Q: Prior to 2006-07, you lost 30 pounds to be better suited for the new style of play in the NHL. How has your workout this off-season compared to last?
A: This summer, Doug (McKenney) let me go loose a little bit and lift a lot more weights. I think I'll come in probably around the same weight, but I'll have more muscle mass, and hopefully, will lose a little more fat weight.Q: Having appeared in a career-high 54 games last season, what is your goal heading into training camp?
A: Nothing. I'm not really one for setting goals. I just want to go out and play. As far as coming into camp, I just want to be in shape. For me that's not really a goal. It's more mandatory than anything else. I would like to be anywhere under 230 and nine percent body fat. Q: Because of your size, do you have to work harder to reach a certain size more so than a smaller player?
A: It was a struggle last year because I had to learn how to do it. Once you buy into the system, as far as diet and jumping on the bike to burn a few extra calories, all that stuff is just a bonus. The battle is learning how to lose weight. Believing in what you're doing is going to make you lose weight is the hardest part. That was the toughest thing for me last year. The transition this year has been a lot easier.Q: Do you think people understand that hockey players really do work year round?
A: I don't know. A lot of people think it's great because we have our summers off. But it's important for people to know that during the summer we are working just as hard, if not harder, than during the season. We're just trying to prepare ourselves.
It's a competition once you come to training camp. Everyone wants to be in the best shape and everyone wants to be the best player on the ice. That's what makes it hard in the summer time, knowing that you've got to come into camp in the best shape possible.
We work probably 11 months out of the year. We get about a month off to do whatever we want and relax. But as far as the rest of the time, it's all business.Q: Having played two seasons under the new rules, do you think players have gotten accustomed to the new NHL?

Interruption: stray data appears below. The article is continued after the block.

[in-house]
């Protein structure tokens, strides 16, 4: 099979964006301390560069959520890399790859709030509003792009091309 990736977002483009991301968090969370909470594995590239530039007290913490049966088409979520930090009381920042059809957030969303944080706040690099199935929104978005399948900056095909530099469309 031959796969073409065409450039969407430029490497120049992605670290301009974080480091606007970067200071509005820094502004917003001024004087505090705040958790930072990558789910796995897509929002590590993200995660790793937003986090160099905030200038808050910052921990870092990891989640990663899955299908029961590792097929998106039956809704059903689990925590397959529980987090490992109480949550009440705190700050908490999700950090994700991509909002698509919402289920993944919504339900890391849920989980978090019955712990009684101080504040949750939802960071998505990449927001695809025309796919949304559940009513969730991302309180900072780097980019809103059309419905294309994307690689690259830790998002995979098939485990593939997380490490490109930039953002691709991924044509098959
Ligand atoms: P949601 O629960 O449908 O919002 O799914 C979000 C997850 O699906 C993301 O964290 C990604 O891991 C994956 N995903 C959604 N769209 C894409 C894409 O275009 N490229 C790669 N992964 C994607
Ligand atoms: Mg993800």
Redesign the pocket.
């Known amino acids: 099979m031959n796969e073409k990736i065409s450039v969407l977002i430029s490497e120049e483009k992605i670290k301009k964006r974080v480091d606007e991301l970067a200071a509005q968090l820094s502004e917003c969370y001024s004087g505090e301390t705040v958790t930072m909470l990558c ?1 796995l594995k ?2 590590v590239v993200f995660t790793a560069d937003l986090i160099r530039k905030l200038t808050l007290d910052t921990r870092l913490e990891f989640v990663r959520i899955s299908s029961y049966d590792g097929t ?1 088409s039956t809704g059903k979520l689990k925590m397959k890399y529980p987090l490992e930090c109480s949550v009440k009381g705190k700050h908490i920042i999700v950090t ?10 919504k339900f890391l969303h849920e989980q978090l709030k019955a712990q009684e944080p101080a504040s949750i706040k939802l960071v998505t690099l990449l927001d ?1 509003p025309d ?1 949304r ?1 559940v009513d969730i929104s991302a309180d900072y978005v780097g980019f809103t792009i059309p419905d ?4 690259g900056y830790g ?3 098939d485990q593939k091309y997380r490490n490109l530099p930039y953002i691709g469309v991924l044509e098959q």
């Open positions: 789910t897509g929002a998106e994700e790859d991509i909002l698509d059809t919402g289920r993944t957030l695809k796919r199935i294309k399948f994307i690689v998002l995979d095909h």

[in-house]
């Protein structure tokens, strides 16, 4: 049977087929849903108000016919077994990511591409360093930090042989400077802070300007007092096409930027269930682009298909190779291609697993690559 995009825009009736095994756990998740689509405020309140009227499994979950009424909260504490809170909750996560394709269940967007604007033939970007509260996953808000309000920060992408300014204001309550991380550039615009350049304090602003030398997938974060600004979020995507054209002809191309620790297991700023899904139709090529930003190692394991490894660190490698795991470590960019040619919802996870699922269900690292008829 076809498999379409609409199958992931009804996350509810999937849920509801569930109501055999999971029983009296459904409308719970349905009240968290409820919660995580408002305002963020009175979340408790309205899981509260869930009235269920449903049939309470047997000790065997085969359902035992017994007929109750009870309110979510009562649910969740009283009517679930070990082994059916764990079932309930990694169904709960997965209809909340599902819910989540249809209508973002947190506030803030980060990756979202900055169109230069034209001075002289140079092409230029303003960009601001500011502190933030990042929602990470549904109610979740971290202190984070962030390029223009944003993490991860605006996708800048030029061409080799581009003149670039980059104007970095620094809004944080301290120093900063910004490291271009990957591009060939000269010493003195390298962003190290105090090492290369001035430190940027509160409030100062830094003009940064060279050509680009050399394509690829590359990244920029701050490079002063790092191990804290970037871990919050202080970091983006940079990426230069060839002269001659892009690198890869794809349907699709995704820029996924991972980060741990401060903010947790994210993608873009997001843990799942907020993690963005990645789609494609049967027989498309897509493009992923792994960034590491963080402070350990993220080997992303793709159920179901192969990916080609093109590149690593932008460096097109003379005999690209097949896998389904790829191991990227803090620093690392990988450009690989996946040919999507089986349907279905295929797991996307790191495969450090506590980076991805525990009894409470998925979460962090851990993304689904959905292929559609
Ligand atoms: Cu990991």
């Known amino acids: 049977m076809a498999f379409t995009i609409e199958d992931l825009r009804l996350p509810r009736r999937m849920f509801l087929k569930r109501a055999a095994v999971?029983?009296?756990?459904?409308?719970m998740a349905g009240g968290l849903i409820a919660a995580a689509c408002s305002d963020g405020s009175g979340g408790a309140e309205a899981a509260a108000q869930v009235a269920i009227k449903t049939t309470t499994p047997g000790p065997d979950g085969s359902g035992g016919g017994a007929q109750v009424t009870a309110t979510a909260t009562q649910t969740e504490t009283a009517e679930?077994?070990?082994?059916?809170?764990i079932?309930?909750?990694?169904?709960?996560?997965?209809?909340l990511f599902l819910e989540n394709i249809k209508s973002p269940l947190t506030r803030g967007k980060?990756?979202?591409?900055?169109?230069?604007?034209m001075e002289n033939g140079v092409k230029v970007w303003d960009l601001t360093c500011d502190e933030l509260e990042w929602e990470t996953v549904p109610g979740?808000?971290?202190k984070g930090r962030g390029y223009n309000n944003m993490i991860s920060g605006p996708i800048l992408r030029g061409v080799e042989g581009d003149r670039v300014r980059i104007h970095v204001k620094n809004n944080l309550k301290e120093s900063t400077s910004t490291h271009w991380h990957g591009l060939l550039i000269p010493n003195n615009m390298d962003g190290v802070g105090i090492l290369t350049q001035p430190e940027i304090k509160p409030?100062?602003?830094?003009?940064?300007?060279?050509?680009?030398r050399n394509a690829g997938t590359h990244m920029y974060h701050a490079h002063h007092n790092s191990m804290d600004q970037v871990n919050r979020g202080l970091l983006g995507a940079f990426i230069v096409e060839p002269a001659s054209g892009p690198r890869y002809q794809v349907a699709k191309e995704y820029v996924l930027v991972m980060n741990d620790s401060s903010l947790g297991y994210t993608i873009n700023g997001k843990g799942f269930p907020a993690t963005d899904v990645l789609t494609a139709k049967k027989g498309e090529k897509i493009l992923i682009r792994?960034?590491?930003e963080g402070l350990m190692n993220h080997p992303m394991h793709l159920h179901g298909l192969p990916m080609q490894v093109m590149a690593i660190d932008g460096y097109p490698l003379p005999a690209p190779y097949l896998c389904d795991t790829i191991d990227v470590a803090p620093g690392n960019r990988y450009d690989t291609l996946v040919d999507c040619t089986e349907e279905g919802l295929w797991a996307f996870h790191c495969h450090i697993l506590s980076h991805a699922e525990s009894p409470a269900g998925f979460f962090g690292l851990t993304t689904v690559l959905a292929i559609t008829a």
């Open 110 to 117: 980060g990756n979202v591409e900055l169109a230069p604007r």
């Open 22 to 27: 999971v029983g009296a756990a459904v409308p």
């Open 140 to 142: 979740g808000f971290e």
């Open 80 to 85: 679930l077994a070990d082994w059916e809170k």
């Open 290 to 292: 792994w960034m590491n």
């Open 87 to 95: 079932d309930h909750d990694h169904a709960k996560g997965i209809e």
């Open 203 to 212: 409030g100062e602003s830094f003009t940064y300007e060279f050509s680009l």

A: I think there are still a few things out there that we need to adjust to, but for the most part everyone has figured it out and understand it.Q: Has your role changed since the lockout?
A: No. I know what my role is and I know what I'm here for. It may have changed a little bit in terms of conditioning. Pre-lockout, guys could get away with being 240 or 250 pounds. That was with the red line. With no red line, the game is a lot faster. In my role, you'll find guys weighing less to get quicker.
Fighters are definitely working more on their skill than their fighting. Everyone knows if you can fight or not, but the real question is if you can play the game and keep up. That's most important now. You have to be able to contribute. Not just on the scoreboard, but just to be on the ice without become a liability.Q: Do you think fighting will always be a part of hockey?
A: It doesn't look like it's leaving for the next few years with all the [fighters] signing two and three year deals.
If it does, it won't be for a while.
But I think it will always be a part of the game. The fans would be disappointed because it's definitely something that they love. It's been part of the game forever. If you take that out then you get rid of some grit. People love to see the hard-hitting grittiness. Q: Who do you think will be the team's captain(s) this season?
A: I don't know. That's a really tough question. Personally, with the leadership we have in the locker room, there isn't doesn't deserve a letter on his sweater. I'm not trying to be politically correct. I'm being totally honest. I think that everybody on our team deserves a letter because everyone leads in a different way. With the leadership we have in the locker room, you can't pinpoint just one guy and say he's the captain.